If the Konekt sounds familiar, you’re right. A few months ago, Spark introduced the Electron, a cellular dev board based on the u-blox SARA-U260 module that includes a SIM with a 1MB of data a month. Practically, it’s not much different from the Konekt, but the Dash and Dash pro offer battery management and a battery connector, two power supplies, and encryption from the board to a server. There are slight differences for about the same price, but that’s what’s great about competition.

The Konekt Dash is now a few days in to a Kickstarter campaign that includes as rewards a board and a SIM with a six months to a year’s worth of data. There are a lot of things that can’t be done with WiFi, Bluetooth, or other radio modules, and if you have something like that in mind, you won’t do better than a Konekt or Spark Electron.

When PayPal And Crowdfunding Don’t Mix

For the last decade or so, PayPal has drawn the ire of Internet commentators and people who try to do business on the Internet. The claims go from freezing the accounts of non-profits for months, earning interest all the while, ineffectual support, and generally behaving exactly like a bank but without all those nifty consumer protection laws on the books in every sane country. Then the founder of PayPal turned into Tony Stark and everything was cool again.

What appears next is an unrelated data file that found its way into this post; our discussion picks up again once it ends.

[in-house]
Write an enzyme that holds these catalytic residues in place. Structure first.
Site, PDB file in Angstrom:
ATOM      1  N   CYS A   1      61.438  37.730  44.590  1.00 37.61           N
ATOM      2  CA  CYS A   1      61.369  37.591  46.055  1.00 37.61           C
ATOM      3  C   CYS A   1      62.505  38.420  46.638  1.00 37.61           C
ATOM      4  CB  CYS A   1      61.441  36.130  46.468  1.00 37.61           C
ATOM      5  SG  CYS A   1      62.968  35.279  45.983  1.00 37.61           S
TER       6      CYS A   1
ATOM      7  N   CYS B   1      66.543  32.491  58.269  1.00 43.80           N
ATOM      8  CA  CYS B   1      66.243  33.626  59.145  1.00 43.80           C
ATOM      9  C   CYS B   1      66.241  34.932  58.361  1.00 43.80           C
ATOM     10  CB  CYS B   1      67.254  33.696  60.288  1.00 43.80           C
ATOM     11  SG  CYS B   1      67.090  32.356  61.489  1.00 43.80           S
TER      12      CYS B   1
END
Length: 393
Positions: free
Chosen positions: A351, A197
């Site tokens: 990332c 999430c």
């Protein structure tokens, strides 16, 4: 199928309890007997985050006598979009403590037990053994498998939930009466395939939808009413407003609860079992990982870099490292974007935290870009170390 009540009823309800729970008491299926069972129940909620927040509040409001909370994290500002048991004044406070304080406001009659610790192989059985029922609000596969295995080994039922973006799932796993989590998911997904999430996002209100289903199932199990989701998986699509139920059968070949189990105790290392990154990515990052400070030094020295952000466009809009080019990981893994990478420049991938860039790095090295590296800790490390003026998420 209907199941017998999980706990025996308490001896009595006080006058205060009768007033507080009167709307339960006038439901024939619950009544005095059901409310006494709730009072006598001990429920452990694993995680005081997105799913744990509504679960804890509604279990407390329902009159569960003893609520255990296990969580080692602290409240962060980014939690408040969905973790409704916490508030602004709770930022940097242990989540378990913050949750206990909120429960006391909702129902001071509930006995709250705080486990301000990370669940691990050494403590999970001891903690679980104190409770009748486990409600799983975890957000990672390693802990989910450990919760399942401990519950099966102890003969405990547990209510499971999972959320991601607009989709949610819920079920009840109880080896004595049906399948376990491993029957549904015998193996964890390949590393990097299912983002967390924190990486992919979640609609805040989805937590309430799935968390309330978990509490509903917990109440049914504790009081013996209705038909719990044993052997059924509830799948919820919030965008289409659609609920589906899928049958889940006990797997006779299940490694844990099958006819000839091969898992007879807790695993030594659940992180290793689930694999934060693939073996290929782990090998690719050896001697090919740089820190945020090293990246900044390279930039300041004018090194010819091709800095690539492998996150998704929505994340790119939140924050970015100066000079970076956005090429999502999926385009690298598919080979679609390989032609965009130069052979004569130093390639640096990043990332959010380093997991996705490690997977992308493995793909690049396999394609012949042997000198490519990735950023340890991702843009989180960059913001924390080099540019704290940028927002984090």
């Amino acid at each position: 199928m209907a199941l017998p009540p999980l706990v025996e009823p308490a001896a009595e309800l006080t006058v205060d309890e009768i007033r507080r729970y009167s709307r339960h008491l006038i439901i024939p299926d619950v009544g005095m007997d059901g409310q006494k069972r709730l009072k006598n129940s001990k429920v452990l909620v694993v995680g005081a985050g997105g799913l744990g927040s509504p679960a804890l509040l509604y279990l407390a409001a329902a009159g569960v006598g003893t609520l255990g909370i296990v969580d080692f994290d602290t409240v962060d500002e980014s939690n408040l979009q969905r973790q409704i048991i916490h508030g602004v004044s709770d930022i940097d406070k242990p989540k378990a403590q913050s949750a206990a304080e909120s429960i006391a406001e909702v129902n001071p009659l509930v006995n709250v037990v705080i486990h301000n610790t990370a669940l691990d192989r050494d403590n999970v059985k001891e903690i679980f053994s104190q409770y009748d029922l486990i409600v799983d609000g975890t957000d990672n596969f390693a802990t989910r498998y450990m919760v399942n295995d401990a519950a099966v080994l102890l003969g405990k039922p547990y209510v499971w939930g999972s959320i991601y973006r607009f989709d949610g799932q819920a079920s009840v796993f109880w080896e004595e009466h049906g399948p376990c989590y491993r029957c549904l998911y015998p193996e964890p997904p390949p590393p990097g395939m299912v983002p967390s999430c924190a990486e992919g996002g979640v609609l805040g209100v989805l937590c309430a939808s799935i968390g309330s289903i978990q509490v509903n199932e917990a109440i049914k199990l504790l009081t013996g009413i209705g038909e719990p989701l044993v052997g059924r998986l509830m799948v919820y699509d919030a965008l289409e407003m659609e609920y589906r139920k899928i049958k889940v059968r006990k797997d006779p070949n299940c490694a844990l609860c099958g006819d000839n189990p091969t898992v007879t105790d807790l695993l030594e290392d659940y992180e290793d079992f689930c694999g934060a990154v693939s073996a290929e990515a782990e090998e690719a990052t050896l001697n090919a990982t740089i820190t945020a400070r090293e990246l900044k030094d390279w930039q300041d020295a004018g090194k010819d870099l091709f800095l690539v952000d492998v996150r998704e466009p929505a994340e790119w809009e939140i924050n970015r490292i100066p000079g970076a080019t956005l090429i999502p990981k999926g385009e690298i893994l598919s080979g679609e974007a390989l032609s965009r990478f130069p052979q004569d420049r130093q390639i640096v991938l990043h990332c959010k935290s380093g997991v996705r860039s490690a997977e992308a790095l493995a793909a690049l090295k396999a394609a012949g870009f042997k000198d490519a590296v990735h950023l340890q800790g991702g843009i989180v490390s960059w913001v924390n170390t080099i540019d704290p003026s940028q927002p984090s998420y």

This doesn’t mean PayPal isn’t up to its old tricks, though. [Gareth Hayes], the guy behind the HackRF Blue, recently had a run-in with PayPal. The PayPal account associated with the HackRF Blue Indiegogo project was frozen shortly after the campaign ended. To unfreeze his account, [Gareth] was required to submit a few forms of identification and proof of residence. He could submit this via fax (‽) or through an ‘upload’ button in the PayPal resolution center that didn’t exist.

[Gareth] is not one to mess around, and it was only after several emails, ending with him demanding PayPal release the funds with interest and a few hours of consulting at $300/hr that the funds were released. When somebody is keeping $40,000 from you, it’s a good idea to play hardball. However, [Gareth]’s PayPal account was still frozen for the better part of three weeks. For a crowdfunding campaign, that’s three weeks that suppliers can’t be paid, components can’t be bought, and assembly can’t happen. For any campaign, PayPal is a liability.

This, unfortunately, isn’t anything new. Google News is littered with stories of PayPal withholding funds from crowdfunding campaigns. The message is clear: get your passport, driver’s license, utility bills, dog license, and fourth grade report card uploaded to PayPal somehow before the campaign ends.

Yesterday, [Gareth] received word that his account had been unfrozen, but not before he threatened the nuclear option and started A worthy cause if we’ve ever seen one.

The Hoverboard You Can Build At Home

Press embargoes lifted today, heralding the announcement of the world’s first hoverboard. Yes, the hovering skateboard from Back to the Future. It’s called the Hendo hoverboard, it’s apparently real, and you can buy one for $10,000. If that’s too rich for your blood, you can spend $900 for a ‘technology demonstrator’ – a remote-controlled hovering box powered by the same technology.